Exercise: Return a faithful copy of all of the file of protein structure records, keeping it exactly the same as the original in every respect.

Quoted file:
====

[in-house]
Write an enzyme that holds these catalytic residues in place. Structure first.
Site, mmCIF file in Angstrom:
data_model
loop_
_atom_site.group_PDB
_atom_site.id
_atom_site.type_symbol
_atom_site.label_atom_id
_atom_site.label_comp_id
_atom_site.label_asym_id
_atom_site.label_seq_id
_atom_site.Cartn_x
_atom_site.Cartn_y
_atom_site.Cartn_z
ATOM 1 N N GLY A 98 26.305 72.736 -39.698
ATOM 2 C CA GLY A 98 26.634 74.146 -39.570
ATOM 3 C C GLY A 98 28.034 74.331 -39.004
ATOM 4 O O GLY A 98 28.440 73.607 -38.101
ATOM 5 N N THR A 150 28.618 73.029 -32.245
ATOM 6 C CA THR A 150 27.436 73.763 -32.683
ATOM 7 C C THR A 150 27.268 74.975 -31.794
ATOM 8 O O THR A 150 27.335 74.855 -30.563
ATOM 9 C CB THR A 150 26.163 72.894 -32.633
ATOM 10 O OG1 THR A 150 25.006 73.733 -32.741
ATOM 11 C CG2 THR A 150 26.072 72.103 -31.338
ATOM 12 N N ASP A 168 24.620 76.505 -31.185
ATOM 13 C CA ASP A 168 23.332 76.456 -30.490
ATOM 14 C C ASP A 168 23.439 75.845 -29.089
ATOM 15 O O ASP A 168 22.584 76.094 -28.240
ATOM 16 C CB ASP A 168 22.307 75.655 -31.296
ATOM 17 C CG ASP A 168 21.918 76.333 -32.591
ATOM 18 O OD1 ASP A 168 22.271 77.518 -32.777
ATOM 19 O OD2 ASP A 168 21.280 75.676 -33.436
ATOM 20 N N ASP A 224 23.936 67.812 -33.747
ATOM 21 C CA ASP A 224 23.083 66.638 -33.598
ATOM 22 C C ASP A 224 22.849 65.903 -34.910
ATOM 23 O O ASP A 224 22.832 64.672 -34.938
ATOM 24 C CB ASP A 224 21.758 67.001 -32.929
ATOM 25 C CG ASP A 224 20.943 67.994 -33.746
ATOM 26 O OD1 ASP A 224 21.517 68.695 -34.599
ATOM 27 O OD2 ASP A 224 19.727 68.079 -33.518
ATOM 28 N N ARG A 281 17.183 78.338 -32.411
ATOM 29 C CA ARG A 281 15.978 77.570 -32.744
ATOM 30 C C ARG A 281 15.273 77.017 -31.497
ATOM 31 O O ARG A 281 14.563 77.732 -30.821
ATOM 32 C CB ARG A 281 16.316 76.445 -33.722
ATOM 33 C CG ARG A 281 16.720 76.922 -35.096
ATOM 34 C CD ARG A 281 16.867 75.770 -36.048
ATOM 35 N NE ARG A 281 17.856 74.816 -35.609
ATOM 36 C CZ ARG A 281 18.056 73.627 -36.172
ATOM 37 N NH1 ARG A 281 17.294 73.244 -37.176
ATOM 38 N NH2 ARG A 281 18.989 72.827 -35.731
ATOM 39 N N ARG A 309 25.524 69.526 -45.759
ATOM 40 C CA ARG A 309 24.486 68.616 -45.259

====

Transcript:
[in-house]
Write an enzyme that holds these catalytic residues in place. Structure first.
Site, mmCIF file in Angstrom:
data_model
loop_
_atom_site.group_PDB
_atom_site.id
_atom_site.type_symbol
_atom_site.label_atom_id
_atom_site.label_comp_id
_atom_site.label_asym_id
_atom_site.label_seq_id
_atom_site.Cartn_x
_atom_site.Cartn_y
_atom_site.Cartn_z
ATOM 1 N N GLY A 98 26.305 72.736 -39.698
ATOM 2 C CA GLY A 98 26.634 74.146 -39.570
ATOM 3 C C GLY A 98 28.034 74.331 -39.004
ATOM 4 O O GLY A 98 28.440 73.607 -38.101
ATOM 5 N N THR A 150 28.618 73.029 -32.245
ATOM 6 C CA THR A 150 27.436 73.763 -32.683
ATOM 7 C C THR A 150 27.268 74.975 -31.794
ATOM 8 O O THR A 150 27.335 74.855 -30.563
ATOM 9 C CB THR A 150 26.163 72.894 -32.633
ATOM 10 O OG1 THR A 150 25.006 73.733 -32.741
ATOM 11 C CG2 THR A 150 26.072 72.103 -31.338
ATOM 12 N N ASP A 168 24.620 76.505 -31.185
ATOM 13 C CA ASP A 168 23.332 76.456 -30.490
ATOM 14 C C ASP A 168 23.439 75.845 -29.089
ATOM 15 O O ASP A 168 22.584 76.094 -28.240
ATOM 16 C CB ASP A 168 22.307 75.655 -31.296
ATOM 17 C CG ASP A 168 21.918 76.333 -32.591
ATOM 18 O OD1 ASP A 168 22.271 77.518 -32.777
ATOM 19 O OD2 ASP A 168 21.280 75.676 -33.436
ATOM 20 N N ASP A 224 23.936 67.812 -33.747
ATOM 21 C CA ASP A 224 23.083 66.638 -33.598
ATOM 22 C C ASP A 224 22.849 65.903 -34.910
ATOM 23 O O ASP A 224 22.832 64.672 -34.938
ATOM 24 C CB ASP A 224 21.758 67.001 -32.929
ATOM 25 C CG ASP A 224 20.943 67.994 -33.746
ATOM 26 O OD1 ASP A 224 21.517 68.695 -34.599
ATOM 27 O OD2 ASP A 224 19.727 68.079 -33.518
ATOM 28 N N ARG A 281 17.183 78.338 -32.411
ATOM 29 C CA ARG A 281 15.978 77.570 -32.744
ATOM 30 C C ARG A 281 15.273 77.017 -31.497
ATOM 31 O O ARG A 281 14.563 77.732 -30.821
ATOM 32 C CB ARG A 281 16.316 76.445 -33.722
ATOM 33 C CG ARG A 281 16.720 76.922 -35.096
ATOM 34 C CD ARG A 281 16.867 75.770 -36.048
ATOM 35 N NE ARG A 281 17.856 74.816 -35.609
ATOM 36 C CZ ARG A 281 18.056 73.627 -36.172
ATOM 37 N NH1 ARG A 281 17.294 73.244 -37.176
ATOM 38 N NH2 ARG A 281 18.989 72.827 -35.731
ATOM 39 N N ARG A 309 25.524 69.526 -45.759
ATOM 40 C CA ARG A 309 24.486 68.616 -45.259